Fairytales appeal to readers because they deal with good and evil characters in entertaining scenarios. Part of the appeal of fairytales is their "happy-ever-after" endings. The resolution of fairytales usually results in evil characters succeeded by good characters. Fairytales also involve love, release from entrapment and rightful gain. The conclusion of Nathaniel Hawthorne's novel, The House of the Seven Gables, presents an idealized wish-world for the reader by appealing to the reader's desire for a "happy-ever-after" ending using fairytale qualities.
One particular quality of a fairytale ending which is present in The House of the Seven Gables is the succession of good over evil. Little Red Riding Hood by Charles Perrault is an example of a fairytale with good succeeding over bad. The wolf, which represents evil, is slain by the woodcutter in order to save little Red Riding Hood. Another example of a fairy tale that demonstrates good versus evil is the Brothers Grimm's Hansel and Gretel.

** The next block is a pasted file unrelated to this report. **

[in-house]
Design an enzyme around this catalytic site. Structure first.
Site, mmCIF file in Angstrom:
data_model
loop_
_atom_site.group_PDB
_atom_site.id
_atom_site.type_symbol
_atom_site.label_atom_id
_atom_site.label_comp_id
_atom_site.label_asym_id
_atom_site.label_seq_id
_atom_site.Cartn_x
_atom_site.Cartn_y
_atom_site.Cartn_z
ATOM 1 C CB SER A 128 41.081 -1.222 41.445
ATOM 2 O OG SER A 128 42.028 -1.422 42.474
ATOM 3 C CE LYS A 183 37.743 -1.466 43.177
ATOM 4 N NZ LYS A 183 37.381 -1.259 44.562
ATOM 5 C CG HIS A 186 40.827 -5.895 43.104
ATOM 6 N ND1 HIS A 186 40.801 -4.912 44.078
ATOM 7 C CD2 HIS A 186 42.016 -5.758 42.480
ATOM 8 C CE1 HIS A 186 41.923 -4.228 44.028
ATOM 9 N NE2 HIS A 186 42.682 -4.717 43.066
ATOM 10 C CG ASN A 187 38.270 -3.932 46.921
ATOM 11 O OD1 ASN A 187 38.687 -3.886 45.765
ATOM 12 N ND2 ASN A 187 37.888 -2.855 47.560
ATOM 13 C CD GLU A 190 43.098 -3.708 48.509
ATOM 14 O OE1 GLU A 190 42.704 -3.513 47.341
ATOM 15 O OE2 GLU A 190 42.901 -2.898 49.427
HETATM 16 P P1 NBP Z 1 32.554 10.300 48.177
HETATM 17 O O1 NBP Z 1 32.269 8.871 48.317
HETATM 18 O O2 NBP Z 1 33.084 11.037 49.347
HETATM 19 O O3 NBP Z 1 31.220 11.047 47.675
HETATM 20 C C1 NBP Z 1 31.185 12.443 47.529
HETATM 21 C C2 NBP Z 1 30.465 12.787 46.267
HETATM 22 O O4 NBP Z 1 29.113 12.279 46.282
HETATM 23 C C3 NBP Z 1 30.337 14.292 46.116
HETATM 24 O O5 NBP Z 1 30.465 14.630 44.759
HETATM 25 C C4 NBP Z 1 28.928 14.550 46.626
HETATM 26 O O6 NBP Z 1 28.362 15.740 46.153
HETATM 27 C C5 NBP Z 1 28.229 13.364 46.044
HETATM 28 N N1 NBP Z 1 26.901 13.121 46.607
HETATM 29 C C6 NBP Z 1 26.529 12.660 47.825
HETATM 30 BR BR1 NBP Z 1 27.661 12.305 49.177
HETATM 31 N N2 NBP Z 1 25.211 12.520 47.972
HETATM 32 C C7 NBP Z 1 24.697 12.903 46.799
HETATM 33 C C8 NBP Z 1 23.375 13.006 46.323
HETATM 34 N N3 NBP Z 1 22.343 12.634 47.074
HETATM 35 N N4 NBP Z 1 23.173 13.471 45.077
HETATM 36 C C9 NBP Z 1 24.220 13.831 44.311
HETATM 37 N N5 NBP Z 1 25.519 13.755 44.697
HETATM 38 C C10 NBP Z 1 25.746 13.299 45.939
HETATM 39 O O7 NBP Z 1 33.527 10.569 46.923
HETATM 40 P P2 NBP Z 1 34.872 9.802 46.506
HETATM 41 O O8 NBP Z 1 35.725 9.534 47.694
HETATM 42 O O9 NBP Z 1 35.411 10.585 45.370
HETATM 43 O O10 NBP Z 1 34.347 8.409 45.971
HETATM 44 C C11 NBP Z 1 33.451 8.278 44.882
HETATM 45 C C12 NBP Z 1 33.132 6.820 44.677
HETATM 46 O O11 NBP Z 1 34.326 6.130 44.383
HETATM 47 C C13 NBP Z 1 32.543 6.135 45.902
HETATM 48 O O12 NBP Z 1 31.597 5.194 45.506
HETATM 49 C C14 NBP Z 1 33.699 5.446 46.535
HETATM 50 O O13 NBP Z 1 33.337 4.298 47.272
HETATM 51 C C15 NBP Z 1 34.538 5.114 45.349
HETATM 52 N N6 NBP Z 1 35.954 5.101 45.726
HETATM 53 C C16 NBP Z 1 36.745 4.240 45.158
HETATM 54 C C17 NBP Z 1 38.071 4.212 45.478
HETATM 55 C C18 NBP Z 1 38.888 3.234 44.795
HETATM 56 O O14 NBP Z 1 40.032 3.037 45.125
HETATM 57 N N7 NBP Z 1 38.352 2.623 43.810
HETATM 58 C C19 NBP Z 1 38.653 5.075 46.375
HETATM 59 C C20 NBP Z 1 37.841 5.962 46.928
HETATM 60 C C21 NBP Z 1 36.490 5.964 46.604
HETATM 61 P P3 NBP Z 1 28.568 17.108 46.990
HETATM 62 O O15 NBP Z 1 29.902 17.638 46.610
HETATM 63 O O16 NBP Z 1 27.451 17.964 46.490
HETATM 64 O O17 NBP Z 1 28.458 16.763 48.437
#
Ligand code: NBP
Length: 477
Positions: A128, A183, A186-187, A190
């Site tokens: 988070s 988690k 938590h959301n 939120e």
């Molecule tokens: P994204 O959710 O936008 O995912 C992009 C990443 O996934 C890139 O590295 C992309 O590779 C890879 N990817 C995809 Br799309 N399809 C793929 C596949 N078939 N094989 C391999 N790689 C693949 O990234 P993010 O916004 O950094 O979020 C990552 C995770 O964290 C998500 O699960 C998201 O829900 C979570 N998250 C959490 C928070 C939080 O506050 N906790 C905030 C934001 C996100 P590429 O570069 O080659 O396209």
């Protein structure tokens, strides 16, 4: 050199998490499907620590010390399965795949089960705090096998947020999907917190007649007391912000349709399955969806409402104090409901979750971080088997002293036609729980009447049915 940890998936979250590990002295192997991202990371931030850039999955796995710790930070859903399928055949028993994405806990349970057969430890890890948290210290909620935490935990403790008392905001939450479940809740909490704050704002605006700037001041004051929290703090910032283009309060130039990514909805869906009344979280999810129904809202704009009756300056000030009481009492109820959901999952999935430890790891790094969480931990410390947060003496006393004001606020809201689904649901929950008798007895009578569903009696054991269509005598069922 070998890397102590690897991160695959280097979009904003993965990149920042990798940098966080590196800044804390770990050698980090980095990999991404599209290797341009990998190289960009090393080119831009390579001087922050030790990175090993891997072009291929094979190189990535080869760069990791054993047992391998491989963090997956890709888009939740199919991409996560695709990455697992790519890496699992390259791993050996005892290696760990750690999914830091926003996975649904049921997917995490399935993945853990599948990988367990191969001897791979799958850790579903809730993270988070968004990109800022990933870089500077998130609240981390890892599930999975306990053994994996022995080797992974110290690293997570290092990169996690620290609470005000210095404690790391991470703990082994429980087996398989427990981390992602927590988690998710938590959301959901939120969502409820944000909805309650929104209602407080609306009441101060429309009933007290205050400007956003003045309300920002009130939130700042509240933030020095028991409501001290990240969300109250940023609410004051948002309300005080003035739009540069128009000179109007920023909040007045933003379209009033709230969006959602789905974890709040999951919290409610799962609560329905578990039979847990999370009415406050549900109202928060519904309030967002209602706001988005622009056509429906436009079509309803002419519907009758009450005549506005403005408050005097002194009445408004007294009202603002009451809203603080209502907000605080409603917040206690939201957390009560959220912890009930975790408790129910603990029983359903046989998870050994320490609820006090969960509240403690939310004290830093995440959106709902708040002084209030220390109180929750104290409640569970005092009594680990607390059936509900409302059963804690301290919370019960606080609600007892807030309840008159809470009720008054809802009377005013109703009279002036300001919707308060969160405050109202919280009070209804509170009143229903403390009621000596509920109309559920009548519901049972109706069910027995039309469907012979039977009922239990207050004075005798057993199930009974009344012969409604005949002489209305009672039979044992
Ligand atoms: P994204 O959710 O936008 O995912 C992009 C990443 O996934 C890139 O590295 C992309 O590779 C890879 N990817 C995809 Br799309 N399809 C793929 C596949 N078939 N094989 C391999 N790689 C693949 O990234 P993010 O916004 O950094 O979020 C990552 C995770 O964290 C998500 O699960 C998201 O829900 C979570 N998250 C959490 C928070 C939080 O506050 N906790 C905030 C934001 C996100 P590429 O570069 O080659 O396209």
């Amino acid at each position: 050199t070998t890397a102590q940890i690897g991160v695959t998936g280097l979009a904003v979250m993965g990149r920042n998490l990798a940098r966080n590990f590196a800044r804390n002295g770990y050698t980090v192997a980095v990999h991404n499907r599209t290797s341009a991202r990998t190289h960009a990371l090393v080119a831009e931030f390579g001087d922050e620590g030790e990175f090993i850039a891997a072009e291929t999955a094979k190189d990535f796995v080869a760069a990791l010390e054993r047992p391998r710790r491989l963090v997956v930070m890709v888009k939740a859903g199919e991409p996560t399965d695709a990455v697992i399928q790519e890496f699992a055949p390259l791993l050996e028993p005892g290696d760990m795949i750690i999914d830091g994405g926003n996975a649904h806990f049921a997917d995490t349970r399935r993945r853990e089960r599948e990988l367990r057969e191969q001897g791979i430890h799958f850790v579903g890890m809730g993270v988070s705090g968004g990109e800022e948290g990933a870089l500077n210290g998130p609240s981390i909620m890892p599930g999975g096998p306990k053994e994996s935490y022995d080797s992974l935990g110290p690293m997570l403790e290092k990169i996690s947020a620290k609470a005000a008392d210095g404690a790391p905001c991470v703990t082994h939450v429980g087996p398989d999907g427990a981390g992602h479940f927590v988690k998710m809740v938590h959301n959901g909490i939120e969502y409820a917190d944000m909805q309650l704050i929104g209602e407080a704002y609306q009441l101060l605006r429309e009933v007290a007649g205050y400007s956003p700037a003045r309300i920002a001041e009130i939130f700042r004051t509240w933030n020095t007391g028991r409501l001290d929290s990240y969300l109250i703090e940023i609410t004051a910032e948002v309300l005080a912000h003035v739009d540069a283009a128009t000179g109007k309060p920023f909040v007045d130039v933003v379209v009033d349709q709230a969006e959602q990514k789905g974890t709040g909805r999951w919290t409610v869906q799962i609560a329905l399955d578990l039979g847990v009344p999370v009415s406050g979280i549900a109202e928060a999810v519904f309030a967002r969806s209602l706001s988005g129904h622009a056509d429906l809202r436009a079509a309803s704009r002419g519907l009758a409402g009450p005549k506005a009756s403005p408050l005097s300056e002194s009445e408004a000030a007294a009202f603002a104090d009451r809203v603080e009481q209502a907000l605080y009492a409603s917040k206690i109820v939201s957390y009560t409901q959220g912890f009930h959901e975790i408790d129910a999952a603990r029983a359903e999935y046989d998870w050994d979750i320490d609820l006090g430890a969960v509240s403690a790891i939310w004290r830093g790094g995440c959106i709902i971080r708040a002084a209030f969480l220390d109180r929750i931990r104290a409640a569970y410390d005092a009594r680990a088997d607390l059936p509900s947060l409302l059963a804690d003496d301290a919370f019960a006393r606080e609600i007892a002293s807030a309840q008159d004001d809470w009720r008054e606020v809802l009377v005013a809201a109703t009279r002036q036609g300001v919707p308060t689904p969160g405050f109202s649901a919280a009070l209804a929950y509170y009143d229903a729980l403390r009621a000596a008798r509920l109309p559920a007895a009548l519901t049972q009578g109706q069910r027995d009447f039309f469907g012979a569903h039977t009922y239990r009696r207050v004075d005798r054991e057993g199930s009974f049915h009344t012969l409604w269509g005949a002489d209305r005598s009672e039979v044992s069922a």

Judge Jaffrey Pyncheon is the symbolic character of evil in The House of the Seven Gables. Judge Pyncheon as two personalities, one is the upstanding citizen and the other is the one with the hidden past and inner cruelties. Hawthorne's description of the Judge in chapter fours gives the reader insight into the Judges true qualities:
At first sight, it [the cent-shop] seemed not to please him-nay, to cause him exceeding displeasure-and yet the next moment, he smiled [...]. He caught a glimpse of Hepzibah, who involuntarily bent forward to the window; and then the smile changed from acrid and disagreeable, to the sunniest complaisance and benevolence. (57).
Further analysis of the story reveals Hepzibah's reaction to the Judge's presence. She speaks unfavorably about her cousin and her dislike is obvious to the reader. Upon Phoebe's first encounters with the Judge, the...